Impact on International Trade
Below is a list of the top-ten countries purchasing Brazilian exports in 2005. Although the U.S. is the largest single country to buy the South American giant's exports, Europe represents Brazil's largest customer. In eleventh and twelfth place, the U.K. and France accounted for 2.2% and 2.1% of Brazil's exports respectively.
United States (18.9% of total exports)
Infrastructure Competitive Advantage
ex. Highways have the advantage over railways that the maintenaince funds can be more evenly distributed (Brazilian roads reach almost every city, whereas railways have always been concentrated), allowing more people to see the government working.
Technology and Communications
ex. Brazil’s IT-BPO infrastructure has an advantage over that in the other BRIC countries, according to the Economist Intelligence Unit, whose methodology takes into account the money spent on hardware, software and IT services, as well as the number of computers and broadband connections.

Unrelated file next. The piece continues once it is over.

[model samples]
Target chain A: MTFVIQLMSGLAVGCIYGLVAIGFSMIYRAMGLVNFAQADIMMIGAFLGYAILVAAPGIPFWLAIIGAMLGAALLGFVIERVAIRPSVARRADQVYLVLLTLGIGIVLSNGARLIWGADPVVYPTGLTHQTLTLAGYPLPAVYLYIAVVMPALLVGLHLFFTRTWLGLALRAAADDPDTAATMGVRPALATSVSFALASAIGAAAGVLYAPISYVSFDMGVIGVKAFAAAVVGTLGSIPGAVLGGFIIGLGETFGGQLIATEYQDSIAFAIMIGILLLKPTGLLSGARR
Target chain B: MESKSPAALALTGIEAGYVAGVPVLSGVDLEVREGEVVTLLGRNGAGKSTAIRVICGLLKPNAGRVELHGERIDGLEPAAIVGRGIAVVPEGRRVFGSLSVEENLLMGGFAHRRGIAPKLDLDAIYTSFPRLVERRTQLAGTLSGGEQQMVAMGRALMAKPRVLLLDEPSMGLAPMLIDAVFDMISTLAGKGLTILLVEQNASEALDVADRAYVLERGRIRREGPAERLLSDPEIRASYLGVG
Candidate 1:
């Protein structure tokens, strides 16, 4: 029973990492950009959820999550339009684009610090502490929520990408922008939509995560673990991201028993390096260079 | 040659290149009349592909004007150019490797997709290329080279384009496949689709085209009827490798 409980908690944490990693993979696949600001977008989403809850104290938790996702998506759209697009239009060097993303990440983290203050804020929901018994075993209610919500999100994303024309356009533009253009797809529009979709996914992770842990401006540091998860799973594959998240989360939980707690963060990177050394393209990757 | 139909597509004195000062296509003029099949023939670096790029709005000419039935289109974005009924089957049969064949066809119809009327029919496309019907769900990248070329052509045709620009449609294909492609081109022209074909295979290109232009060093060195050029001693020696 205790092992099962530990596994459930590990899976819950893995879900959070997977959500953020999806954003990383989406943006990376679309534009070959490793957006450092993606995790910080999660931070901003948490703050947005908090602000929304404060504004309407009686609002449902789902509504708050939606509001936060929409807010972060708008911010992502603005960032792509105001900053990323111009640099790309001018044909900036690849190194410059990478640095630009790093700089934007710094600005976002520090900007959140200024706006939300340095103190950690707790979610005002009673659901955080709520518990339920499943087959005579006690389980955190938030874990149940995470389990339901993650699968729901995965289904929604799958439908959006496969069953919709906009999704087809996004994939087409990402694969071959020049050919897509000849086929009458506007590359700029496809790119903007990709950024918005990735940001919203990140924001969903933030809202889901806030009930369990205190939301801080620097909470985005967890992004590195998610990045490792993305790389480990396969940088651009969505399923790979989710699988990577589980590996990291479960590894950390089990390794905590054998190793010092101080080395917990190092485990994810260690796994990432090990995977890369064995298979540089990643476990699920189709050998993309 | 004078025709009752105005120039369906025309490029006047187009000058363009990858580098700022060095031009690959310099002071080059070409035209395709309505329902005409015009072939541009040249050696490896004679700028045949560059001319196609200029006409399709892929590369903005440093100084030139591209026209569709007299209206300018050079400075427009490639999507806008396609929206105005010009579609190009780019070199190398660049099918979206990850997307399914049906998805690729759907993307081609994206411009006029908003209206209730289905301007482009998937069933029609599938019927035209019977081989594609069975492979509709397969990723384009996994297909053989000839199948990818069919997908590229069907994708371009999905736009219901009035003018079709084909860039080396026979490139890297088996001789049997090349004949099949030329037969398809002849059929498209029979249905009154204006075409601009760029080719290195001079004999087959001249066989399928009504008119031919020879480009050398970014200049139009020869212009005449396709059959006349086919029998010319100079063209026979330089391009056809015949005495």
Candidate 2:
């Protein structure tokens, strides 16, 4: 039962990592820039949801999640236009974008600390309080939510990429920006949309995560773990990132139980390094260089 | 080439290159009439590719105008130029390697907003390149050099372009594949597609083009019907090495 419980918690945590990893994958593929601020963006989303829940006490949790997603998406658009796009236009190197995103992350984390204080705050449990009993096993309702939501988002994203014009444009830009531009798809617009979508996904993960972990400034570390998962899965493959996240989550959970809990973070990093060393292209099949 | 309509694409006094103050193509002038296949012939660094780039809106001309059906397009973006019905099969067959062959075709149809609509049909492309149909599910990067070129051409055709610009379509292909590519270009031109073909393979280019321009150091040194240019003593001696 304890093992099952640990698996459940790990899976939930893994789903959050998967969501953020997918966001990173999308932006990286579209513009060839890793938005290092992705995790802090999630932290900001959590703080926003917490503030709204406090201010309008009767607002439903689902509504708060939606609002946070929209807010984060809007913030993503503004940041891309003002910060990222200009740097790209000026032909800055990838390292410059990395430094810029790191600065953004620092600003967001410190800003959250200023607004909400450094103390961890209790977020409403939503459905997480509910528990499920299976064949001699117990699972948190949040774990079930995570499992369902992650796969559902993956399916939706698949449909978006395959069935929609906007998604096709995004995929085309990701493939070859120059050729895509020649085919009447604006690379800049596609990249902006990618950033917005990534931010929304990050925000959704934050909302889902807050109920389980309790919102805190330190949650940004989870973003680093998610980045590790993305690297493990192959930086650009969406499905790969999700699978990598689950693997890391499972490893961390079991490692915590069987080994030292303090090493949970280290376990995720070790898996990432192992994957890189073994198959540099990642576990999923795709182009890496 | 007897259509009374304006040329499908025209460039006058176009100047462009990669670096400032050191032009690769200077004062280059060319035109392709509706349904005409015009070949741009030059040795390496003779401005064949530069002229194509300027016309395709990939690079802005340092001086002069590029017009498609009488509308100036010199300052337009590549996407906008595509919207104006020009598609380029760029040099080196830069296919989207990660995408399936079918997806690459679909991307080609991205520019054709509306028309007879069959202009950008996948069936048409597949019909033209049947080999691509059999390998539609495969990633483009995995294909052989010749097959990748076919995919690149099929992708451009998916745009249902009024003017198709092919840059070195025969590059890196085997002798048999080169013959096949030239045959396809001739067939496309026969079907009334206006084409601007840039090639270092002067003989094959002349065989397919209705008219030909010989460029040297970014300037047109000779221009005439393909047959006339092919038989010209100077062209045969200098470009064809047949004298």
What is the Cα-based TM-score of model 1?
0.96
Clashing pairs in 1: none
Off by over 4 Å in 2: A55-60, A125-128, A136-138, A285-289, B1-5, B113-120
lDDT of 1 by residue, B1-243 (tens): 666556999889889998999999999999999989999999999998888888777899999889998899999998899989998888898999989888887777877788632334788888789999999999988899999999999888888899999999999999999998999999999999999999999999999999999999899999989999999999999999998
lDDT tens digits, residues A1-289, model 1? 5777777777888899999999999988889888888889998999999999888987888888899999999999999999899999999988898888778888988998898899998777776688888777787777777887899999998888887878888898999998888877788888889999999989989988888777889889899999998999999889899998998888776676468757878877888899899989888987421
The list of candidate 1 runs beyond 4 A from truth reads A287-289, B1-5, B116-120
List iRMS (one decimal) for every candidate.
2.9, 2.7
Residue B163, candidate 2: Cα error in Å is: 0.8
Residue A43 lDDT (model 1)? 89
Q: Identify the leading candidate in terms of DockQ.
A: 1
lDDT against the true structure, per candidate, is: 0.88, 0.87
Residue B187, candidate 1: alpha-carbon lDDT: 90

Foreign investments Regarding Brazil
ex. Foreign companies may participate in bids for infrastructure projects either directly or through the formation of a consortium. The advantage of a consortium is that the foreign company can take part in mainstream projects without the risks associated with a lack of knowledge of the Brazilian market and its regulatory rules. The bidding process usually requires bidders to incorporate a specific purpose vehicle to implement the infrastructure project.
Changes for the Future
Transportation: Change bylaws
creating new and urban transport, metro line infrastructure, and tunnels.
to create a 12.8km underground extension with five stations linking the city's central and southwest areas. It is expected to transport 900,000 people a day.
International Trade Developments in Brazil present international companies with investment opportunities across diverse sectors such as info communications technology (ICT), oil & gas, ports, airports, power generation, waste/ water treatment, township/ industrial estate planning, real estate, tourism and shipping & logistics.